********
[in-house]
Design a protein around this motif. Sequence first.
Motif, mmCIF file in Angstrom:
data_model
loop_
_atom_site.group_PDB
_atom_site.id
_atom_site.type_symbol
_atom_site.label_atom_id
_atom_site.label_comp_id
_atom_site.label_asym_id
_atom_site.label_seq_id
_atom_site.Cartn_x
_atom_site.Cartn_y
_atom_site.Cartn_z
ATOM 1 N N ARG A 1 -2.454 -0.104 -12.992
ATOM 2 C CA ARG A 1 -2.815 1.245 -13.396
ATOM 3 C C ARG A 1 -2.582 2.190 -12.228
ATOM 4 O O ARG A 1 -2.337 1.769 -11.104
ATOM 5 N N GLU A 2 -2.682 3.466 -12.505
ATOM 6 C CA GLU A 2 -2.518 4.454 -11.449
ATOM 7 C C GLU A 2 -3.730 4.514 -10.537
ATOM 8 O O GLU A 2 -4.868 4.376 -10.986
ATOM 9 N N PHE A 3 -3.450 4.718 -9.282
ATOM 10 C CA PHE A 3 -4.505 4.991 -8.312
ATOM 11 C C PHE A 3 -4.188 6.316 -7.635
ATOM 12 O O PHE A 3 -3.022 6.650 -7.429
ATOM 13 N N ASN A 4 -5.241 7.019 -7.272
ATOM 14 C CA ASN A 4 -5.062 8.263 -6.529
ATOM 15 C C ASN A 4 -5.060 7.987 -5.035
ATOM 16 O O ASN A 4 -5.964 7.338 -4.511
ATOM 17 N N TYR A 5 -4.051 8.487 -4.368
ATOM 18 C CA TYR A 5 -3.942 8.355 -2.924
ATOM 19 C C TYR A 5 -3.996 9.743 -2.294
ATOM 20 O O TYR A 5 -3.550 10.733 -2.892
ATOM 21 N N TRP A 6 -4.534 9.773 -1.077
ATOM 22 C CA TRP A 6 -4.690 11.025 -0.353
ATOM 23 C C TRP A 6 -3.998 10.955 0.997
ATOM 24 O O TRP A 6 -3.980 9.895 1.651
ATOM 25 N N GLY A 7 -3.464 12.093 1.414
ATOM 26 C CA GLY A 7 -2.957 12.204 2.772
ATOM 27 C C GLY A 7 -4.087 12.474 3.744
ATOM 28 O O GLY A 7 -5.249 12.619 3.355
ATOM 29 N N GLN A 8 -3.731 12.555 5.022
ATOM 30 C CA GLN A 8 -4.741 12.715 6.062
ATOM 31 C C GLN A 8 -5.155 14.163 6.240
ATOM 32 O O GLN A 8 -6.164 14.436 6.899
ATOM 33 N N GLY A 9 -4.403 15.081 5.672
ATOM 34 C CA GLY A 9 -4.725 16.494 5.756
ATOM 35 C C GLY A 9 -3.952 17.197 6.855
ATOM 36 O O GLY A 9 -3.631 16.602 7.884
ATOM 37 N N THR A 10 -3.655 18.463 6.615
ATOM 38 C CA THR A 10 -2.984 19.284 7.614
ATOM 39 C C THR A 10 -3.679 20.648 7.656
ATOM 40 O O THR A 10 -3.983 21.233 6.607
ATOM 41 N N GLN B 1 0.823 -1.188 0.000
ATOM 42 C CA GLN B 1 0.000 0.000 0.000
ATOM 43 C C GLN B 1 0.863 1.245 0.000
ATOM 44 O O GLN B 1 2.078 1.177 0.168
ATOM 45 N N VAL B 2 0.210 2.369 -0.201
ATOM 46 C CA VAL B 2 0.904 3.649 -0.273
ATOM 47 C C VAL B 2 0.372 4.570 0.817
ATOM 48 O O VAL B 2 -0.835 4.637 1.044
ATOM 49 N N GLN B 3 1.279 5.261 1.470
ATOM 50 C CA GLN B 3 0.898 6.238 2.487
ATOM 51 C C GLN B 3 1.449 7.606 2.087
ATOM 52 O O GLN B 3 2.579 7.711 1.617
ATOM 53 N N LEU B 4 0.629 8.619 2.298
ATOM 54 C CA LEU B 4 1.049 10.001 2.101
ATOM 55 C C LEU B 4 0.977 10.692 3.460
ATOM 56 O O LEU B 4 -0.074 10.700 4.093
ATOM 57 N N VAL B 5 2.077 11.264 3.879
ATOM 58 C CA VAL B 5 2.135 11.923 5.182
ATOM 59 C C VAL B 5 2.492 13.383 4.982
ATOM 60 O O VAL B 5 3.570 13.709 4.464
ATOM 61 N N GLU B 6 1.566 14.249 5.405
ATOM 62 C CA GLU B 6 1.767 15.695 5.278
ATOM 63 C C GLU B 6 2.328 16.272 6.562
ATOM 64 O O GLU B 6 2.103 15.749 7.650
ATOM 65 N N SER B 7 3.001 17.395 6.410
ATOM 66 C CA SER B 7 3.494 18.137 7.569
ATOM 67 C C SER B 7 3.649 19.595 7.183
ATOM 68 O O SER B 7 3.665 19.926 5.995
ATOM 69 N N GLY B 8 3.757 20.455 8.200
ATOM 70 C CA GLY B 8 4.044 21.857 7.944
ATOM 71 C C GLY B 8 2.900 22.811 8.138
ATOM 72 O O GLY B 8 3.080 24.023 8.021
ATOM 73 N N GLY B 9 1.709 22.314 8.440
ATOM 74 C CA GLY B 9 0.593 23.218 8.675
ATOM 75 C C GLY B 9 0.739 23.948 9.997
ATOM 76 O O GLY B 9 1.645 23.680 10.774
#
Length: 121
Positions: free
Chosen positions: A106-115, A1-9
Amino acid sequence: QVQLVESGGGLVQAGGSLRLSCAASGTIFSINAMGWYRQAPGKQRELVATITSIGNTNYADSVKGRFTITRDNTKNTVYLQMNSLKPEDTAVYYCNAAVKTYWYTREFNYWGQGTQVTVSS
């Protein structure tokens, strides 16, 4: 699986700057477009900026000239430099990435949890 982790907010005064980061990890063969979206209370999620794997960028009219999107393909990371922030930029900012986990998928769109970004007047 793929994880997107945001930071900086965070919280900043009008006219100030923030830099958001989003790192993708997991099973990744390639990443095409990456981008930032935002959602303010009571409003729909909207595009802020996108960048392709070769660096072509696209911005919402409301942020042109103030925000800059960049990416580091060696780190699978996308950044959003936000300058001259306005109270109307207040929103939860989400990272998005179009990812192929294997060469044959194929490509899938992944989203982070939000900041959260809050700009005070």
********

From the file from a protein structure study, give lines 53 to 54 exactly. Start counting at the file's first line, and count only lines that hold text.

ATOM 38 C CA THR A 10 -2.984 19.284 7.614
ATOM 39 C C THR A 10 -3.679 20.648 7.656